You know what also sucks? Fill in the blank thank you notes and self-addressed envelopes for thank you notes. If you need my address, you can ask me. As for fill in the blank notes, don't even bother saying thank you if you can't take a few minutes to write out a proper note.



  19. #19
    Join Date
    Mar. 13, 2006
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    Sno County
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    Default

    Extremely tacky. "Help them on their way"? It's their second marriage and they're probably living together. How much help could they possibly need? It's not like they're 20 somethings right out of school. You are under no obligation to give a gift, however, it's become standard practice. Under these circumstances, I'd put $20 in an envelope and enjoy the dinner.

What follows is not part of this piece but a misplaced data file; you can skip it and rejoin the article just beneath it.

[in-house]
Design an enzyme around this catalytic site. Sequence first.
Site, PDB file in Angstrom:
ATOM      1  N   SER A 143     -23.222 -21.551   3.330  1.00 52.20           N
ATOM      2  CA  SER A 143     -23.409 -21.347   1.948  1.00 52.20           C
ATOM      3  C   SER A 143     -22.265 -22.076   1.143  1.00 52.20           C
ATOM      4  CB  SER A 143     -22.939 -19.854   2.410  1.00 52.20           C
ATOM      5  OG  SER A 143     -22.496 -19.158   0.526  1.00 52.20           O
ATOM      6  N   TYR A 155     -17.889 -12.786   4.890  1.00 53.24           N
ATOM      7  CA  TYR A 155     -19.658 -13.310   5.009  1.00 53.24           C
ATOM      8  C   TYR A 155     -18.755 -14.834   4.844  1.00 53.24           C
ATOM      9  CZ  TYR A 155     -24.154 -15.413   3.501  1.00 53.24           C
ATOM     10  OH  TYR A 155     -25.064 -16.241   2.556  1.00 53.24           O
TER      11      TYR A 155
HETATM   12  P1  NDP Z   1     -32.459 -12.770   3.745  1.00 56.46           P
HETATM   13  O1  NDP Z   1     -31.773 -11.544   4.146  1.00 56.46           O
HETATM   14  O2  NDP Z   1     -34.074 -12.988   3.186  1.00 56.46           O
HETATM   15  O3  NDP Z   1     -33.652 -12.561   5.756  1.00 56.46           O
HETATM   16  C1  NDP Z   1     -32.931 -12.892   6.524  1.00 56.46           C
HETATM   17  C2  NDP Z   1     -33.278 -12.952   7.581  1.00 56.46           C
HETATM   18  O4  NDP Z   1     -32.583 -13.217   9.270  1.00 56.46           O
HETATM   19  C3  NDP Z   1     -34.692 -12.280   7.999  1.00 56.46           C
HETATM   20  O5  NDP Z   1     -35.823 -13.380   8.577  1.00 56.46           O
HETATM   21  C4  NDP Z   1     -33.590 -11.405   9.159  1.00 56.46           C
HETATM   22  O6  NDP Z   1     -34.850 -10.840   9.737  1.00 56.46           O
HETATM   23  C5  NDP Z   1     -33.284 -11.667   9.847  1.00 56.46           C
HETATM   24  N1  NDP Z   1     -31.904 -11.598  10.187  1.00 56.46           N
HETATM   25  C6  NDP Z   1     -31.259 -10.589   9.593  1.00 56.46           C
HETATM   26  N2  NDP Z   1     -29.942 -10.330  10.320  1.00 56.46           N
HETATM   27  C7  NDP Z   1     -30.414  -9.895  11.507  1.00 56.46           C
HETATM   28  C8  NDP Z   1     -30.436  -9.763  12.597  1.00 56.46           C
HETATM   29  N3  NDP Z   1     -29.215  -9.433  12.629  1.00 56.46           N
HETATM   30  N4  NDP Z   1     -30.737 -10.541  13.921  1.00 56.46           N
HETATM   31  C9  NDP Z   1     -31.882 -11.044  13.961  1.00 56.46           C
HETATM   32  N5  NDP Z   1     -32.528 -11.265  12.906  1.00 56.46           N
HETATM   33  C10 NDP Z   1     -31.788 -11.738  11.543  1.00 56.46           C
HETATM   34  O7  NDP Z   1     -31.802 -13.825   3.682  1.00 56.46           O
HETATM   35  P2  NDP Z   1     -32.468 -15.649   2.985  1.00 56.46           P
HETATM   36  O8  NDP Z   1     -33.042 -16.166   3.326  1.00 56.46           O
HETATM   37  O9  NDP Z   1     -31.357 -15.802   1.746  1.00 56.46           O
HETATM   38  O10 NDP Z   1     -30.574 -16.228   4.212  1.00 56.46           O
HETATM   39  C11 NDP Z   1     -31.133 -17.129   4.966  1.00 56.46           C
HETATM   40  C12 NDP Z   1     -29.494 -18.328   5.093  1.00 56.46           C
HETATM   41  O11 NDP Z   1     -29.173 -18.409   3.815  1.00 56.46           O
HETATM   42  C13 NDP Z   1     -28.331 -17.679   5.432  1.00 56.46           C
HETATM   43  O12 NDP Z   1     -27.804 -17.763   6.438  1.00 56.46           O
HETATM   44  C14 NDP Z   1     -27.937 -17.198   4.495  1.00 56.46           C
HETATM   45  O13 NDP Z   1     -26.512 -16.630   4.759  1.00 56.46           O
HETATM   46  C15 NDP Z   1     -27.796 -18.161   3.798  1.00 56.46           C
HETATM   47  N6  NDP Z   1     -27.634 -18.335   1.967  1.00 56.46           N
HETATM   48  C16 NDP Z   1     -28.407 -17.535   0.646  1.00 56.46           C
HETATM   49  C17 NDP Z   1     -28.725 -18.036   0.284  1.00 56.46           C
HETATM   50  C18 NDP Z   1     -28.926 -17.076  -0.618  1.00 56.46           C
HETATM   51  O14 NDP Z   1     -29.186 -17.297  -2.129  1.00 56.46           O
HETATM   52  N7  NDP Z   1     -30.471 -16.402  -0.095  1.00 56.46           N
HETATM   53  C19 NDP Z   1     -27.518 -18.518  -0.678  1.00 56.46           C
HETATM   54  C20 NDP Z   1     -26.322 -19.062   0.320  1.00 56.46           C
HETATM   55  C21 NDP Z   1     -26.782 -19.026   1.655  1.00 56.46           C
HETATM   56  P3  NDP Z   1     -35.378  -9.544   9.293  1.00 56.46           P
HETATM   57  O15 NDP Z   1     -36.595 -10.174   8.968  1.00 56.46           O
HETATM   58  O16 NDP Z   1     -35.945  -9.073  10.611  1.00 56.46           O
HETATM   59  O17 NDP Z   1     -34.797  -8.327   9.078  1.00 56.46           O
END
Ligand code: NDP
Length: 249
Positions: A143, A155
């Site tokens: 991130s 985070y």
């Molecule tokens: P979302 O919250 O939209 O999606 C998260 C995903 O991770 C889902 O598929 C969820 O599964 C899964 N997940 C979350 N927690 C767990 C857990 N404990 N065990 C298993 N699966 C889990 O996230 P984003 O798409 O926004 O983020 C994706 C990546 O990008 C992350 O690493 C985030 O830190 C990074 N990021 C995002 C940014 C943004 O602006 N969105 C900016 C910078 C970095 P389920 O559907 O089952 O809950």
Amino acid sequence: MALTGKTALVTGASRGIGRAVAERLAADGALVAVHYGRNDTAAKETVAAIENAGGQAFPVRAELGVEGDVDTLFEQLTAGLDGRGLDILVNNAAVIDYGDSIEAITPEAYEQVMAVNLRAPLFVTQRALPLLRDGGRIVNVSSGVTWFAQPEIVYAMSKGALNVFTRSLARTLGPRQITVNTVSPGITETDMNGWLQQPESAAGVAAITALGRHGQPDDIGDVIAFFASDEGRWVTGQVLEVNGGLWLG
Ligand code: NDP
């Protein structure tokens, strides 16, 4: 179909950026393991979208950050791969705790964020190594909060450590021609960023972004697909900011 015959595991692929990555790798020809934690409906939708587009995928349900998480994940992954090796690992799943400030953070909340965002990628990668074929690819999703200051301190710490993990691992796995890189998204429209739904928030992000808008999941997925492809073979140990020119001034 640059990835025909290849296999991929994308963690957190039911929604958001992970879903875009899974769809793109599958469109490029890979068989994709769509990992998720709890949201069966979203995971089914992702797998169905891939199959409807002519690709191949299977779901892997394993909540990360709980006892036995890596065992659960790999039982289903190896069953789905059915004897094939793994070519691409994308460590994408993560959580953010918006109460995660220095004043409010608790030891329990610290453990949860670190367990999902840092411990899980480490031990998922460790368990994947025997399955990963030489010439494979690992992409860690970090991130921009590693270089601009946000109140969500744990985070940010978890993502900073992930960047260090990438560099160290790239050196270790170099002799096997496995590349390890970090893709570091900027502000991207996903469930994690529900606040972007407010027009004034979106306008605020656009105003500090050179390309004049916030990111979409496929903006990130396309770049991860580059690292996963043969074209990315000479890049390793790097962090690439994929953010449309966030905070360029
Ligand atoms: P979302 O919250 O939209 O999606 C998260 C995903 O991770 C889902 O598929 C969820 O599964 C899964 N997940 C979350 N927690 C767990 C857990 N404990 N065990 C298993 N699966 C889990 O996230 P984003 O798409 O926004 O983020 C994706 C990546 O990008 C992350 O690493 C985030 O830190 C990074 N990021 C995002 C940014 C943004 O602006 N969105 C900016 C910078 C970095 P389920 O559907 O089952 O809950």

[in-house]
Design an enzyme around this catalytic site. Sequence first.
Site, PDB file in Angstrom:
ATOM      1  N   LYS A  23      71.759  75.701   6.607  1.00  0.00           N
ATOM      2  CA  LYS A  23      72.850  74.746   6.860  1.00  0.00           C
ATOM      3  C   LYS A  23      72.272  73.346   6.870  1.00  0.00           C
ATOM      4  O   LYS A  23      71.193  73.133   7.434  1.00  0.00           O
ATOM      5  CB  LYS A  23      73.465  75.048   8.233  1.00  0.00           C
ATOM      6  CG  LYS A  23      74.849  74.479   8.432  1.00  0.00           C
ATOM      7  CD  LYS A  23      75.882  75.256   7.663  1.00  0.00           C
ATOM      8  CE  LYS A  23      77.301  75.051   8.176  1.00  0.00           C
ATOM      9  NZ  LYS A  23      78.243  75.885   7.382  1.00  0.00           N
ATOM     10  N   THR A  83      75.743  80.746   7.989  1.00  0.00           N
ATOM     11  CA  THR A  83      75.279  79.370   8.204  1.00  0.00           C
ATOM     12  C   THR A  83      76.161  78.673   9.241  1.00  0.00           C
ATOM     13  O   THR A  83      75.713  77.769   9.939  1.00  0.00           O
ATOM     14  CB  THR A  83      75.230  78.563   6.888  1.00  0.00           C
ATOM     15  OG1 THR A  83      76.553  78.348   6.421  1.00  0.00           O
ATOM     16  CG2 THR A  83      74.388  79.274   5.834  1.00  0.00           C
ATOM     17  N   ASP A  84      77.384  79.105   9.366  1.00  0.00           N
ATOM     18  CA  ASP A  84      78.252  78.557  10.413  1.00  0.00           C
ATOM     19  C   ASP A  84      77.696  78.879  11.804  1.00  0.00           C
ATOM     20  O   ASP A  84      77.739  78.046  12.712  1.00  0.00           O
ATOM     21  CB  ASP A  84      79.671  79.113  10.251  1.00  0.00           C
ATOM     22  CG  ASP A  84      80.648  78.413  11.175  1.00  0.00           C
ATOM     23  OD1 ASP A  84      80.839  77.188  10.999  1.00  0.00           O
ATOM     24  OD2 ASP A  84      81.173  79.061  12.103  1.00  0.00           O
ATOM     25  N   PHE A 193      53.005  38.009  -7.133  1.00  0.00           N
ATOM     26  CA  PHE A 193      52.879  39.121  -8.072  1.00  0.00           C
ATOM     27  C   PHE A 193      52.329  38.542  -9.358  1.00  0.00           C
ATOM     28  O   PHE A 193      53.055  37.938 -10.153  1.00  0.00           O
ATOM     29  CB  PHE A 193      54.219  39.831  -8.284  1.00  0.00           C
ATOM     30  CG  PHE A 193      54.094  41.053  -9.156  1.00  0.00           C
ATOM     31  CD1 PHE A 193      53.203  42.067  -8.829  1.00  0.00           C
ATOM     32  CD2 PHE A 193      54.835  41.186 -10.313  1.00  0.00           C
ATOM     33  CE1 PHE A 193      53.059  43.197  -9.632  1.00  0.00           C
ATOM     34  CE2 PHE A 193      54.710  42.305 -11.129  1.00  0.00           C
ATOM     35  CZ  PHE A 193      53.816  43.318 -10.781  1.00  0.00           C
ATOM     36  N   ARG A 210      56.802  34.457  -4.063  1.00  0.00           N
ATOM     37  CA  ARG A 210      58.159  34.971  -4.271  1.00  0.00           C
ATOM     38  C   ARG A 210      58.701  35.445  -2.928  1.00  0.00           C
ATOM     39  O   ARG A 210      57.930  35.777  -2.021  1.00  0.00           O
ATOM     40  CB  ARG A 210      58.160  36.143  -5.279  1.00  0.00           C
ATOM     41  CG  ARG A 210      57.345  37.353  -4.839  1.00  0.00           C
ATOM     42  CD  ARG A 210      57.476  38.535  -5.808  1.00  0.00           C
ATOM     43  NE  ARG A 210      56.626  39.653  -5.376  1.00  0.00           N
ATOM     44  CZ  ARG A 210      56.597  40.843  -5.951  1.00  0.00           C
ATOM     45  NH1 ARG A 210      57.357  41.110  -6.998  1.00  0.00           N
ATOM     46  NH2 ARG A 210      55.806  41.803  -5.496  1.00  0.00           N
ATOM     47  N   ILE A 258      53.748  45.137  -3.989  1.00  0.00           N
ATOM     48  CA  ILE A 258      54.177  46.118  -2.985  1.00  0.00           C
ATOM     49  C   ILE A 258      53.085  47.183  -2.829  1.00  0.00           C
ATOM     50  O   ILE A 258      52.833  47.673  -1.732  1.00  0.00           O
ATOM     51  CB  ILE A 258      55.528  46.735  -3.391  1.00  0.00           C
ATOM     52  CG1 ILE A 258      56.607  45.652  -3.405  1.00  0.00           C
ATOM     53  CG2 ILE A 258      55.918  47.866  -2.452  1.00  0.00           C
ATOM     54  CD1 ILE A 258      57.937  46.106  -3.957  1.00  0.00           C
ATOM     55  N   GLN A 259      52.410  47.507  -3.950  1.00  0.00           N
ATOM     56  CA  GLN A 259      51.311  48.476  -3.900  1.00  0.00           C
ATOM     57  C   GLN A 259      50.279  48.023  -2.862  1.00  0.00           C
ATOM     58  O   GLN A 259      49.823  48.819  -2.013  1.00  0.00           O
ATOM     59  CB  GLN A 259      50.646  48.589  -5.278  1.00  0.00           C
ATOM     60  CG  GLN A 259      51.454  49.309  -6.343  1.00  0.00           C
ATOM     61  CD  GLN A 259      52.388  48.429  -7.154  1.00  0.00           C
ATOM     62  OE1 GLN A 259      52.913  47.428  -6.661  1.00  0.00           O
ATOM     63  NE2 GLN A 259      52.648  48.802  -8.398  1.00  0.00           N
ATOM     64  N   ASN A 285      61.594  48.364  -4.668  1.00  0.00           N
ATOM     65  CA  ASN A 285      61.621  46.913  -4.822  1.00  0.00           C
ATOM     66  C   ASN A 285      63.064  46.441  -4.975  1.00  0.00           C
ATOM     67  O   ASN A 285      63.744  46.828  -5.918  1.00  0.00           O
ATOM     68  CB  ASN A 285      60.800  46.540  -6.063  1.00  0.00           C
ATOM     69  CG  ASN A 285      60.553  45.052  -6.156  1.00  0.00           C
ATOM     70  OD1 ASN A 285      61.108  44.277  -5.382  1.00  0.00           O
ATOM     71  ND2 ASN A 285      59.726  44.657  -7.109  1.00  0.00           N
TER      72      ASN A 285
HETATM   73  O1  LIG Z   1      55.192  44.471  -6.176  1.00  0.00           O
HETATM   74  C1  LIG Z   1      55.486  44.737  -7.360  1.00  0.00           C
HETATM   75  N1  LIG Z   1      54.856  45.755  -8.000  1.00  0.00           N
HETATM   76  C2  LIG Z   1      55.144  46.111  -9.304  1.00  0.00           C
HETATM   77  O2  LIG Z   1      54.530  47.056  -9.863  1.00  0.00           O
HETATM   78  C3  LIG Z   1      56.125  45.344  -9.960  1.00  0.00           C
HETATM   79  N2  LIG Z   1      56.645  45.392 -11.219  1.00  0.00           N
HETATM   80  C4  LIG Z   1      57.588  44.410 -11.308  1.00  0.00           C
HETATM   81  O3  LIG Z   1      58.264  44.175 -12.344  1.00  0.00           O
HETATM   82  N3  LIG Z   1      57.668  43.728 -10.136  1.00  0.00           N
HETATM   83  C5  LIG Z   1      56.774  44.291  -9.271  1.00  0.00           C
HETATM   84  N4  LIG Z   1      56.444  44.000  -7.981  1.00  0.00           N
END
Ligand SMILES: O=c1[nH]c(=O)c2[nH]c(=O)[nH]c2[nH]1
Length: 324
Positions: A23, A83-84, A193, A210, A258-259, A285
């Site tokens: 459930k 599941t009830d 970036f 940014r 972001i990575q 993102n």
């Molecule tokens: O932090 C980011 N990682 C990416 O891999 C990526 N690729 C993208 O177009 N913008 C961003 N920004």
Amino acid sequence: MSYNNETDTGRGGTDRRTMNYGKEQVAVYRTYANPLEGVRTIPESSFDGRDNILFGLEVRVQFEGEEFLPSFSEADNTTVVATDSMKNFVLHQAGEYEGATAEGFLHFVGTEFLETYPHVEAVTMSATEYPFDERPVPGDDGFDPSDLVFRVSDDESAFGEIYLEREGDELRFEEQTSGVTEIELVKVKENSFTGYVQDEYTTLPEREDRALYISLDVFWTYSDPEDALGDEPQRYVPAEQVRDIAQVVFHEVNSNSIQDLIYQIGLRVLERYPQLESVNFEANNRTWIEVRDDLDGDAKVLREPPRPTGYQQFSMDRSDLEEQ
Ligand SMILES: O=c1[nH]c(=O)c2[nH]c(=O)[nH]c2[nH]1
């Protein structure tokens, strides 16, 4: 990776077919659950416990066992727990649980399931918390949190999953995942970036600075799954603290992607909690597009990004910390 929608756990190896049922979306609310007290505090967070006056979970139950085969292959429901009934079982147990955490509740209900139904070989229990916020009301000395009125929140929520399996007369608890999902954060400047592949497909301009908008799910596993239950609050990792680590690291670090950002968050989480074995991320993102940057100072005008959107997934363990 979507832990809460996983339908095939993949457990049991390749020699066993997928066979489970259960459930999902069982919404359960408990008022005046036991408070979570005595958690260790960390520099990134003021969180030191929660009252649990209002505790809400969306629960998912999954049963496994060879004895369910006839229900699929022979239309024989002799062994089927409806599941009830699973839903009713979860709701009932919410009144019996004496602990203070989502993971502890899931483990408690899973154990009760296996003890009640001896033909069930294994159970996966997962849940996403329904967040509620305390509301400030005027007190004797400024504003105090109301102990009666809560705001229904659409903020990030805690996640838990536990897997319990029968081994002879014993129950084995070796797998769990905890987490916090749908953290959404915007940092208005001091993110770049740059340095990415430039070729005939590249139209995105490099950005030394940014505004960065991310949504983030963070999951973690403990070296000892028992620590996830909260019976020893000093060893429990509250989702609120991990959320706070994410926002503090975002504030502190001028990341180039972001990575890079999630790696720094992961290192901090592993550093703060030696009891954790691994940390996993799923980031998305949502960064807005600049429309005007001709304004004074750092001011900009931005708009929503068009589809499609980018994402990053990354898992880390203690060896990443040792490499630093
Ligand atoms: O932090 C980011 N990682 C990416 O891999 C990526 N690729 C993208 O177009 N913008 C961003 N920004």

Yogurt - If you're so cultured, how come I never see you at the opera? Steven Colbert



  20. #20
    Join Date
    Jul. 24, 2008
    Posts
    3,124

    Default

    Extremely tacky to make any mention of gifts in a wedding invitation. I might attend and give a card with my best wishes.

    I don't think it's uncommon for the parents of the bride and groom to invite their own friends; my mother invited all kinds of people that I hardly knew to my wedding.